The aim of this study was to determine whether a single dose of an inactivated bluetongue virus serotype 8 (BTV-8) vaccine altered semen quality in rams. Twenty sexually mature rams were assigned to three ... [more ▼]

The aim of this study was to determine whether a single dose of an inactivated bluetongue virus serotype 8 (BTV-8) vaccine altered semen quality in rams. Twenty sexually mature rams were assigned to three experimental groups: two groups of four animals were vaccinated and a third group of four animals was unvaccinated. The first group included rams with a history of natural BTV-8 infection in 2007 and the second and third groups included BTV-8 naive rams. Semen was collected prior to vaccination and for 4months post-vaccination. There were no significant differences in semen quality traits, including motility and concentration of spermatozoa, and percentages of living, normal dead and abnormal dead spermatozoa, between vaccinated and unvaccinated groups, or over time (P>0.05). The BTV-8 vaccine tested in this study did not appear to have any adverse effect on semen quality in rams. [less ▲]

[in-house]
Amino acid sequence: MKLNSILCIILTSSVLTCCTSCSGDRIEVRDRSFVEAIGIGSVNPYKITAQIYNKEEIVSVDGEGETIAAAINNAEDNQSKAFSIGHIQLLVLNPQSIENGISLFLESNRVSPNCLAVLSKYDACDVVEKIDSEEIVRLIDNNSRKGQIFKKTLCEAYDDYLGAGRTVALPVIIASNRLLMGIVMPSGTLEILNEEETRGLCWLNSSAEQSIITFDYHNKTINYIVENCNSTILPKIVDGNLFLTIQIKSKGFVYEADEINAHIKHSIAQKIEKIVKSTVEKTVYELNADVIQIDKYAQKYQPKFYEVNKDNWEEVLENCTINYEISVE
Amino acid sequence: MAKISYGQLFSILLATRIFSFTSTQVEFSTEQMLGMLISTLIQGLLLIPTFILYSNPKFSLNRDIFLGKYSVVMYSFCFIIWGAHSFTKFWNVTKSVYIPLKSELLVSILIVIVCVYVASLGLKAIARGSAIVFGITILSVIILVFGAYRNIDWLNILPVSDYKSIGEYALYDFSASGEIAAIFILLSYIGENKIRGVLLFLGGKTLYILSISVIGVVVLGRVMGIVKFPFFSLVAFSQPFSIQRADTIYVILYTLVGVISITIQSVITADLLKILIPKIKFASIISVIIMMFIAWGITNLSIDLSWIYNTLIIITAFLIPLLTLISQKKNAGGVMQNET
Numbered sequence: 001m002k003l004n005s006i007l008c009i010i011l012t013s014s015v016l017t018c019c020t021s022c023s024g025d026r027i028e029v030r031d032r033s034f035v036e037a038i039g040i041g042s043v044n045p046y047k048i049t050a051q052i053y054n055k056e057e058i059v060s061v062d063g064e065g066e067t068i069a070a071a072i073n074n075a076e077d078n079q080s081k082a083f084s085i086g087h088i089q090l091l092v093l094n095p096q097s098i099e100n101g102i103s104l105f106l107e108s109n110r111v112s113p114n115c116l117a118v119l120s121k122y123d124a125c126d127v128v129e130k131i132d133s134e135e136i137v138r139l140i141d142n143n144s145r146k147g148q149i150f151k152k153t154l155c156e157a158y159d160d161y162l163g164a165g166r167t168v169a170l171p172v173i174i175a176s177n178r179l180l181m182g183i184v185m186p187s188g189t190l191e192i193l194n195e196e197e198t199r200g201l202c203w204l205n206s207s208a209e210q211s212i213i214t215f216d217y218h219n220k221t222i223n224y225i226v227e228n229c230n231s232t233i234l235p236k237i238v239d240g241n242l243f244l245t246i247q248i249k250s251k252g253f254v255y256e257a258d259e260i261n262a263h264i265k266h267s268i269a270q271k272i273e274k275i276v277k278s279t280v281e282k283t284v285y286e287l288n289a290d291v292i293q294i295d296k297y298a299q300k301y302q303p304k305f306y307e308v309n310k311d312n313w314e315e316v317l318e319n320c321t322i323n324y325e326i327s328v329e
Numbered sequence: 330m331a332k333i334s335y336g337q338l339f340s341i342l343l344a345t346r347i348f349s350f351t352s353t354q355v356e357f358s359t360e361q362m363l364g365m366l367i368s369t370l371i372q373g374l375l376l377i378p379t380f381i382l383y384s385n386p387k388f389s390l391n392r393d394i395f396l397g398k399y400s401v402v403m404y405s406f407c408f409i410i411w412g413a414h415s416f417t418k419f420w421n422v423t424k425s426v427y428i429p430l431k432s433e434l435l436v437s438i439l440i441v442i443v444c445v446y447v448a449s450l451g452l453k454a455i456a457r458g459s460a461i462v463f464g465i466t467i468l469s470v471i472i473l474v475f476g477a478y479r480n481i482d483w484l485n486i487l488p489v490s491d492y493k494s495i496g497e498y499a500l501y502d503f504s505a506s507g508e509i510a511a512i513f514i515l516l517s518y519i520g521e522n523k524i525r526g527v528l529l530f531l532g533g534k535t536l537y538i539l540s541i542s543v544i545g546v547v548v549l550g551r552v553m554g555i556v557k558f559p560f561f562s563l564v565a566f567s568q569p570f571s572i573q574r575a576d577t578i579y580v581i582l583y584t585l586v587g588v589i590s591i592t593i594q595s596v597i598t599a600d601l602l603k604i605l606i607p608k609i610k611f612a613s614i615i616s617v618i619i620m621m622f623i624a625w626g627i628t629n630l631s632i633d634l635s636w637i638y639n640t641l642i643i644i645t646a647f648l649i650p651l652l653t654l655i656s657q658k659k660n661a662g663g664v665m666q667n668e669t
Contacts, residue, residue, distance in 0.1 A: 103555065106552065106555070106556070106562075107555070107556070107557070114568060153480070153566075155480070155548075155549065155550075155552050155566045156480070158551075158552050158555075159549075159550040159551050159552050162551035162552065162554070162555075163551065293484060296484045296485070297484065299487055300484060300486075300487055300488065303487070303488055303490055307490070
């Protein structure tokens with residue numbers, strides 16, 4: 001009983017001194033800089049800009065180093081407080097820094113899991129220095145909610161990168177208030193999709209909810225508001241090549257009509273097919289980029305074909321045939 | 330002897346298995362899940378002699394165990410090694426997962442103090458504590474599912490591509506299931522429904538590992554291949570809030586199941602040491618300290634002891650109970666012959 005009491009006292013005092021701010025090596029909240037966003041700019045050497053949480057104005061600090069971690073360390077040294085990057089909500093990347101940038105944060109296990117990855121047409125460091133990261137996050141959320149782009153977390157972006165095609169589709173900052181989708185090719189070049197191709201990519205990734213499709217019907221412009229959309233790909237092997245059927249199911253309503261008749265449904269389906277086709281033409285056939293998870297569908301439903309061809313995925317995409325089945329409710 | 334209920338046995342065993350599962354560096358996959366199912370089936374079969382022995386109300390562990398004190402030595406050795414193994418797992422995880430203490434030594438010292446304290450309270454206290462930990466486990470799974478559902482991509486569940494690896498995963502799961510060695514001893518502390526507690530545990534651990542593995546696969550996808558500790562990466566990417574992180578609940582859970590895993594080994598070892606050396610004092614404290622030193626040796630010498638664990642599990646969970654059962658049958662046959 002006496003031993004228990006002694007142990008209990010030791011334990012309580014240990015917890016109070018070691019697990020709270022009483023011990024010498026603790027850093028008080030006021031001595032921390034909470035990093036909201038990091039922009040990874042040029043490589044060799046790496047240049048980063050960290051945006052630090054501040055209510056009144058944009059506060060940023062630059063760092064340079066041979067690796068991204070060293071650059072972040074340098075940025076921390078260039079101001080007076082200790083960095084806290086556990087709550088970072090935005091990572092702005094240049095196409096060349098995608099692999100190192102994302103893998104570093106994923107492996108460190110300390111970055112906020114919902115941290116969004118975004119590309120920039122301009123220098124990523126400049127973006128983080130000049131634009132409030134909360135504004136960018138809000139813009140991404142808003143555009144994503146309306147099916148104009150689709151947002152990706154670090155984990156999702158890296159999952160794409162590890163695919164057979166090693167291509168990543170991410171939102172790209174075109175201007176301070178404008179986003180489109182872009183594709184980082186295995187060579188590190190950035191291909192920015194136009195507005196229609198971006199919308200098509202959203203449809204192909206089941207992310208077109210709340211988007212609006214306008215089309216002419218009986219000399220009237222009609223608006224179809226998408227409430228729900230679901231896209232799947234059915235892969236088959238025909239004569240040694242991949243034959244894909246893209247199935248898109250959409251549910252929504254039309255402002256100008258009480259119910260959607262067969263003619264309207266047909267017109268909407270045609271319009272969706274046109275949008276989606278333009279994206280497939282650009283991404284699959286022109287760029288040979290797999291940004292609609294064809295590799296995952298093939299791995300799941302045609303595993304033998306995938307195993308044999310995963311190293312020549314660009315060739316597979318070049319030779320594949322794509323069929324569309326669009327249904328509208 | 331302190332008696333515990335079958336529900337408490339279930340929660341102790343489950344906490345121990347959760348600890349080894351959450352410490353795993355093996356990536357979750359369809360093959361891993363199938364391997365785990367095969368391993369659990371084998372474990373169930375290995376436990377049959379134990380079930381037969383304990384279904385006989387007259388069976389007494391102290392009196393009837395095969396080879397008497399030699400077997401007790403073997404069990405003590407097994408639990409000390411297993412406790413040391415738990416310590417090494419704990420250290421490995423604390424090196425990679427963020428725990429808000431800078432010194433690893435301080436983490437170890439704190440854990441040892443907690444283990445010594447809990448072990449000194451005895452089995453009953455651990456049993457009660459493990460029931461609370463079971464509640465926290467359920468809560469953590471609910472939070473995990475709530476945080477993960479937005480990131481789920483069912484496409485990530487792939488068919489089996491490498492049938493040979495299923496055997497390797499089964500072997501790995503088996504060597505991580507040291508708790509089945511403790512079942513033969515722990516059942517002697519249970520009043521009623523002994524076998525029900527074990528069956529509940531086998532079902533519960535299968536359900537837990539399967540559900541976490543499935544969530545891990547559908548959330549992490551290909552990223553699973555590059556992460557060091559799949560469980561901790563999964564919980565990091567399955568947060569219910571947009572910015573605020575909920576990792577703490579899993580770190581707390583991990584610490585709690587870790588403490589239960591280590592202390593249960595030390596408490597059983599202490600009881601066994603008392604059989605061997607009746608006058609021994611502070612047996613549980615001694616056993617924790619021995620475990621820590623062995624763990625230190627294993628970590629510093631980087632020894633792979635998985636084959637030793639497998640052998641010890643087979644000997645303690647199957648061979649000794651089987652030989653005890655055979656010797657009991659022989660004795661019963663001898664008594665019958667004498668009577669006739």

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See detailApparent prevalence of antibodies to Coxiella burnetii (Q fever) in bulk tank milk from dairy herds in southern Belgium
Czaplicki, G.; Houtain, J. Y.; Mullender, C. et al

in Veterinary Journal (2012), 192(3), 529-531

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See detailUnderstanding veterinary practitioners' decision-making process: implications for veterinary medical education
Vandeweerd, Jean-Michel ULg; Vandeweerd, Solene; Gustin, Catherine et al

in Journal of Veterinary Medical Education (2012), 39(2), 142-151

Understanding how veterinary practitioners make clinical decisions, and how they use scientific information to inform their decisions, is important to optimize animal care, client satisfaction, and ... [more ▼]